A review is presented on the literature about the distribution of savannas in humid climates in Africa and Asia and their vegetation dynamics. Sections are devoted to African lowland and montane savannas (the latter divided into southern, eastern, western and northern African), Madagascar, Indian subcontinent, SE Asia and New Guinea. It is concluded that the extension of savannas under humid climatic conditions and the relation to the distribution of forests is a function of cultivation, grazing by domestic and wild animals, present and previous climate, geomorphology and soil characteristics. Once established, savannas are often maintained by fires, both natural and man-made.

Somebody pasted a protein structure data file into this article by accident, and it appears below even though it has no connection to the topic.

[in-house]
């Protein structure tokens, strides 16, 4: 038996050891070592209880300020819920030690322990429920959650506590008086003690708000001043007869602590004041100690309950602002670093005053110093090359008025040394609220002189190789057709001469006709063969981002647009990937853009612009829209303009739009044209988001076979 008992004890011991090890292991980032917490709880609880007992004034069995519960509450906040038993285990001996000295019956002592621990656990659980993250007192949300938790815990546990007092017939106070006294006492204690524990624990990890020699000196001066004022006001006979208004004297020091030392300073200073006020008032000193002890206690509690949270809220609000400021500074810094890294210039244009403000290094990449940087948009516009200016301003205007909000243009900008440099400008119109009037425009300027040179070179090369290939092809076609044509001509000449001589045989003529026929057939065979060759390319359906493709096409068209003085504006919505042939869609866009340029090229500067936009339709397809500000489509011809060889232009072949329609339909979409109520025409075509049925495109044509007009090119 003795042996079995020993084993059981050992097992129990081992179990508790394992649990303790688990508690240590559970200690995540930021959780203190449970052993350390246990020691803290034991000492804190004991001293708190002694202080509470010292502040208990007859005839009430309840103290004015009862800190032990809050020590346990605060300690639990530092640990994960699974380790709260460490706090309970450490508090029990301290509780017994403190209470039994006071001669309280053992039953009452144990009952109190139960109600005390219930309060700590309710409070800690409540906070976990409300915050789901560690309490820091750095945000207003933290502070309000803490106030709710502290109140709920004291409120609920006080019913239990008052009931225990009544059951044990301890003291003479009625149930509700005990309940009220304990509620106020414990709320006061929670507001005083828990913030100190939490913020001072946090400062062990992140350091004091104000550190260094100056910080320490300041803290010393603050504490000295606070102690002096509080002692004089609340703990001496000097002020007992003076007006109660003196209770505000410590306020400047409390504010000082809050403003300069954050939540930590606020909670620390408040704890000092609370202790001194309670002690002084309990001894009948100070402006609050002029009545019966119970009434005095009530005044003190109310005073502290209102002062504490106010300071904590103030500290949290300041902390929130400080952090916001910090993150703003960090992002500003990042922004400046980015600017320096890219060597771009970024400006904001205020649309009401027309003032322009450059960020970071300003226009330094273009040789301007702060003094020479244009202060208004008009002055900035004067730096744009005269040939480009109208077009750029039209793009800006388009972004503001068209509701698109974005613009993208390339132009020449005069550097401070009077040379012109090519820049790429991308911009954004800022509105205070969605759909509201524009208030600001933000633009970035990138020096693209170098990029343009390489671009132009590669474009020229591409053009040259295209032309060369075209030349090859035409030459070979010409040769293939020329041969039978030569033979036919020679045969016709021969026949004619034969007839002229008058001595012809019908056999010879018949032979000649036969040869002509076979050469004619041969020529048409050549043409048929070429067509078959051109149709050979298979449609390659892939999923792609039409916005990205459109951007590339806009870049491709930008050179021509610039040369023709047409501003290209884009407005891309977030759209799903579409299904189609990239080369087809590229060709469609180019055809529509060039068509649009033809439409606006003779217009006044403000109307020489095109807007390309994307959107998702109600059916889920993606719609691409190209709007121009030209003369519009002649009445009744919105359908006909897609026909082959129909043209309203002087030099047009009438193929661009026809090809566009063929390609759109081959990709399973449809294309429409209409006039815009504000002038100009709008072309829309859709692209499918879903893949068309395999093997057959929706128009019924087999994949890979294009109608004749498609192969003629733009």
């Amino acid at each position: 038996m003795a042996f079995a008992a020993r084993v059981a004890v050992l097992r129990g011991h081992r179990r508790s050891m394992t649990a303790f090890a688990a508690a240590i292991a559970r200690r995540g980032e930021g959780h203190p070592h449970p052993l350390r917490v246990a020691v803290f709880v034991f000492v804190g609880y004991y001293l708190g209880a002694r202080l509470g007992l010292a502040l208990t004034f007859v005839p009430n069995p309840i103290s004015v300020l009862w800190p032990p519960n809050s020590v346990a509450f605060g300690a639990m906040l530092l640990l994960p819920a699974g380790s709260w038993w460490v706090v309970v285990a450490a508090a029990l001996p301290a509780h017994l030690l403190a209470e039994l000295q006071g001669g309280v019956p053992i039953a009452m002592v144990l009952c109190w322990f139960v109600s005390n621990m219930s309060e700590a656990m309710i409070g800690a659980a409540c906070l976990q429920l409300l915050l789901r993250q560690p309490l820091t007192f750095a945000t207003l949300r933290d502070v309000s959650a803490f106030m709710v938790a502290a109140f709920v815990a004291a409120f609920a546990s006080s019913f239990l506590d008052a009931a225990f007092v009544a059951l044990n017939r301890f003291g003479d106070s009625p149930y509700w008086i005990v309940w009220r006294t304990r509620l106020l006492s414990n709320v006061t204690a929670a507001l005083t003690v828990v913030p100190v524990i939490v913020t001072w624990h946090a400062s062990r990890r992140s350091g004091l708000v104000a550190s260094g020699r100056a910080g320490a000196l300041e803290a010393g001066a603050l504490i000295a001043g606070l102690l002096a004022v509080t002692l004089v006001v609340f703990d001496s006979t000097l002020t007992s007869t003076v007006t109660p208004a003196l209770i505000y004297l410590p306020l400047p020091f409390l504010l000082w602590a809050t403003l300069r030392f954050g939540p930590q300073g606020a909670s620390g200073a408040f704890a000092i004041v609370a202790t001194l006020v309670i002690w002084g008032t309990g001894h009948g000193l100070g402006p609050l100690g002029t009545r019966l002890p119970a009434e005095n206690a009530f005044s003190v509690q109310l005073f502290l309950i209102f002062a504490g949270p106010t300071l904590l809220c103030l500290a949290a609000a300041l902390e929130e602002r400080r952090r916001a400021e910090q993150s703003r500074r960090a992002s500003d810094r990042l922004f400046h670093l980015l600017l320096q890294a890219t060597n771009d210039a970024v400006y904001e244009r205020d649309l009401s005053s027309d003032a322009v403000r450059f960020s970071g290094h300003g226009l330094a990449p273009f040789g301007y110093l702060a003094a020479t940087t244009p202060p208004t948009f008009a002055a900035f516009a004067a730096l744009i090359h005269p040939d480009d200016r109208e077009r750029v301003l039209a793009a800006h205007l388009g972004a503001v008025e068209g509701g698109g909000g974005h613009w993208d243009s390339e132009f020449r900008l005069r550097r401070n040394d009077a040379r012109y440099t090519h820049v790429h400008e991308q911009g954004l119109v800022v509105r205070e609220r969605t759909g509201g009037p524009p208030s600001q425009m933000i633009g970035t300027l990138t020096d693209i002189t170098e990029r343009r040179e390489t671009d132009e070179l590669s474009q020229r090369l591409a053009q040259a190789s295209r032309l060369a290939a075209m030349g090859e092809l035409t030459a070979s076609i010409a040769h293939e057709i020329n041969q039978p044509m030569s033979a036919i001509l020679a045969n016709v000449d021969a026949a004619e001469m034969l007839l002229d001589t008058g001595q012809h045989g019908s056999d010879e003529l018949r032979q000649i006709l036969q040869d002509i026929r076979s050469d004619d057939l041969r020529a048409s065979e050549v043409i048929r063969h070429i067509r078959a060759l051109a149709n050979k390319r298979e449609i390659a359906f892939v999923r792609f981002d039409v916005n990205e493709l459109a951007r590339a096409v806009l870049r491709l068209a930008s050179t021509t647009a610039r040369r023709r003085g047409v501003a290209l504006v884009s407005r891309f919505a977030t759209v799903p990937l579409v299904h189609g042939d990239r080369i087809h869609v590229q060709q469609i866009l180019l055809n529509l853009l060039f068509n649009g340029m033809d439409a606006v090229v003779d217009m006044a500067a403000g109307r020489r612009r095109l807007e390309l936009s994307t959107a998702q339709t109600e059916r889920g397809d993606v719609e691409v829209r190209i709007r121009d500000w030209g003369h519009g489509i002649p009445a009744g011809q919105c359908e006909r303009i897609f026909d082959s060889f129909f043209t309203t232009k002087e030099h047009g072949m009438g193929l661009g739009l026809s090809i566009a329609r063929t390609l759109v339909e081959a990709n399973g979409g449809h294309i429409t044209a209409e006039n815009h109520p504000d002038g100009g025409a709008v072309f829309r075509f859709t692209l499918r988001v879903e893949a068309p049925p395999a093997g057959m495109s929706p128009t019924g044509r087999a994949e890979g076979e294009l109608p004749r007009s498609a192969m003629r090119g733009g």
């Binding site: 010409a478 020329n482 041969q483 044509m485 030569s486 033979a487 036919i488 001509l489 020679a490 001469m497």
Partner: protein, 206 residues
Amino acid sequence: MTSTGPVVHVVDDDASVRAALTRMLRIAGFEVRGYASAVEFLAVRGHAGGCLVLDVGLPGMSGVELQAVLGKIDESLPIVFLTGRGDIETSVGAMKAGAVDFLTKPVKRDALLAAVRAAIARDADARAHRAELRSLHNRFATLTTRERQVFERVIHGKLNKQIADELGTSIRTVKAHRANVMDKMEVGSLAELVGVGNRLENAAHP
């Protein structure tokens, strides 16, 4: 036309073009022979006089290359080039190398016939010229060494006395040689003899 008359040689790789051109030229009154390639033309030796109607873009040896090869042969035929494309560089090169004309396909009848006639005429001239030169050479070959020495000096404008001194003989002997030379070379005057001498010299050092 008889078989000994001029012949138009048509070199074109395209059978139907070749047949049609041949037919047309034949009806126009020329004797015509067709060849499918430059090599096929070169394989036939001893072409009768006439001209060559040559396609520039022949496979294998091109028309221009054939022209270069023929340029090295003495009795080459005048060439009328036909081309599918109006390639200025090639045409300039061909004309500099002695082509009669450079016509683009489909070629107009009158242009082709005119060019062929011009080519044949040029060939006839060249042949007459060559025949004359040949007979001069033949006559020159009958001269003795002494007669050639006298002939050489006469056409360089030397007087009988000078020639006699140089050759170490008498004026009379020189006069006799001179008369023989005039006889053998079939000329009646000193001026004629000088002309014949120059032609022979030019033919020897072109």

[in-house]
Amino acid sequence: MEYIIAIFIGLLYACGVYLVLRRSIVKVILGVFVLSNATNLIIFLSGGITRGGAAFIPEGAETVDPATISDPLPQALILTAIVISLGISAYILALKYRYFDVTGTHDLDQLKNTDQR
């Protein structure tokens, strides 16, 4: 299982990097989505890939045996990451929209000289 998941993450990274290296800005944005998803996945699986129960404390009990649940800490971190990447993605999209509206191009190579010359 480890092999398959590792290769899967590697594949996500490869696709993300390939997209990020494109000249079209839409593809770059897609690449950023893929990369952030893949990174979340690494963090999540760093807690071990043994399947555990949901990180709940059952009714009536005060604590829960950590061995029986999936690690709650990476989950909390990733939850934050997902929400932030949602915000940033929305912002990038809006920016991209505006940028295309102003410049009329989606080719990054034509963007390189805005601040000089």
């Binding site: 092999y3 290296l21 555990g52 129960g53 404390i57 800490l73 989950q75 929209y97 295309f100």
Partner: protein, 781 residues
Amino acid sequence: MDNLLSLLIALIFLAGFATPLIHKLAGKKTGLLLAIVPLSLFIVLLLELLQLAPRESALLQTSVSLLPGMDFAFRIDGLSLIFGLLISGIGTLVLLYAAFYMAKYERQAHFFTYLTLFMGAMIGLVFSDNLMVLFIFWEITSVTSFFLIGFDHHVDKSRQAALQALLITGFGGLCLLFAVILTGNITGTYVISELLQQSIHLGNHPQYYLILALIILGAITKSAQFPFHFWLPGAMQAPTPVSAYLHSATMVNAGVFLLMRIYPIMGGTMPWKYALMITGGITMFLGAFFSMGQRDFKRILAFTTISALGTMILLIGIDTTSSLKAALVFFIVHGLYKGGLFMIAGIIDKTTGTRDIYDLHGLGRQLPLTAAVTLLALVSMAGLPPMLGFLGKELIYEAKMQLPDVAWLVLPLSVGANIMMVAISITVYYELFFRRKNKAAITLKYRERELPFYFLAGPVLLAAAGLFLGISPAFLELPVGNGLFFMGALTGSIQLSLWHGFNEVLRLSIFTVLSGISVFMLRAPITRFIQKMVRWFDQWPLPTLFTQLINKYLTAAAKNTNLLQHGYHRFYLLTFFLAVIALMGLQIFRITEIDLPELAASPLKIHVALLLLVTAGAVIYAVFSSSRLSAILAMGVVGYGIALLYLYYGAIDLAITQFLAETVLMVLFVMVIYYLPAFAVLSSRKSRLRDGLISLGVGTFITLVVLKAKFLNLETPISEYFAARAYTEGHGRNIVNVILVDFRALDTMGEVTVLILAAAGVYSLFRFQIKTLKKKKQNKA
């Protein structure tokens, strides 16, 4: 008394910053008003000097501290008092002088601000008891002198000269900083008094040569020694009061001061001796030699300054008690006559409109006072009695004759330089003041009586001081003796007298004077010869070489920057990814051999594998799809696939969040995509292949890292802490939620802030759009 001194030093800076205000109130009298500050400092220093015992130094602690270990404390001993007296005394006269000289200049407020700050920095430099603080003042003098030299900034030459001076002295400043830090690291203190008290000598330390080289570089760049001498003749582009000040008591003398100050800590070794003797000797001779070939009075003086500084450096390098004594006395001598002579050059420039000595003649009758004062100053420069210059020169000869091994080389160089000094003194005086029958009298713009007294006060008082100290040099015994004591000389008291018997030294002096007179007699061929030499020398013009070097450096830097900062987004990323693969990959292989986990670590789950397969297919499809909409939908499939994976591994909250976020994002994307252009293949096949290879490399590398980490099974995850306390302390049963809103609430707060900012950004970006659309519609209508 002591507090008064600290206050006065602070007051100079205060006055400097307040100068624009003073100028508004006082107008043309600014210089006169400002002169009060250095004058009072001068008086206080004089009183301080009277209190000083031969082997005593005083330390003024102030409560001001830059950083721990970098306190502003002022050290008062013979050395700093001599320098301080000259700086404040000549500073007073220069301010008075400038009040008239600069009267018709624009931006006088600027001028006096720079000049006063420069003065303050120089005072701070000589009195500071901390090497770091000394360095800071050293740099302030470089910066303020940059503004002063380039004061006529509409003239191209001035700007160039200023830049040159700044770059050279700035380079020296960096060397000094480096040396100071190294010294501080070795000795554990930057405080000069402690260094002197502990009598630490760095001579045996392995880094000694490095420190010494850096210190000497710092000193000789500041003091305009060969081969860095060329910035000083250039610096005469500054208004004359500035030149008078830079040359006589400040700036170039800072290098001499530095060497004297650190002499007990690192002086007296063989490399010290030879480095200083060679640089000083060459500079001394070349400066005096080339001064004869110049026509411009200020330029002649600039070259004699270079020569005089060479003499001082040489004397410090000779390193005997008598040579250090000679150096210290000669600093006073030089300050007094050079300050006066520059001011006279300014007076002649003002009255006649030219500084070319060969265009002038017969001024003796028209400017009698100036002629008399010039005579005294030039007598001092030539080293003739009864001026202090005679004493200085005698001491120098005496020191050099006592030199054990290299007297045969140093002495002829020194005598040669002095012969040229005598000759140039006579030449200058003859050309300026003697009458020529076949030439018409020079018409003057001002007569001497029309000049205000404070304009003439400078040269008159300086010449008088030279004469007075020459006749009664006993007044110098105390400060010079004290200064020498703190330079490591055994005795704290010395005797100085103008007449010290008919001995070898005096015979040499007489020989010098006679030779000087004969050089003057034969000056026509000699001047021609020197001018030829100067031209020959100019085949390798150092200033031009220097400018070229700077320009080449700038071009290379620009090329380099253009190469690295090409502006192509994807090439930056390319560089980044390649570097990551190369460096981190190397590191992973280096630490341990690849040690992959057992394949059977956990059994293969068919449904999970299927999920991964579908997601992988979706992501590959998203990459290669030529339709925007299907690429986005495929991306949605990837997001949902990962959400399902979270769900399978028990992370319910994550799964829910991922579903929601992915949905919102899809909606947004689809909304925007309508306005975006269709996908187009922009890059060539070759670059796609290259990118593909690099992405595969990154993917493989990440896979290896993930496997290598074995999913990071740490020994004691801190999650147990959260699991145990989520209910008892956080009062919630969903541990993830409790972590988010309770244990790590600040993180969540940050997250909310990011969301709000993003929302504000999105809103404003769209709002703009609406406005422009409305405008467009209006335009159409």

Montane savannas are generally brought about by man's clearing, cultivation and burning. Fire is a stochastic variable; it creates an ecotone sensu stricto (an environmentally stochastic stress zone) at the forest/savanna border. On the other hand, if geomorphology and soil are the determinants, the transition between forest and savanna would have the character of an ecocline (a gradient zone) with fundamentally different conditions.
In humid African lowland climates forests expand into savannas if the latter are not maintained by man. Whether forests also expand in less humid climates is disputed. In montane areas forest expansion may be delayed on degraded soils and when diaspores are lacking
1992. Vol. 3, 345-356 p.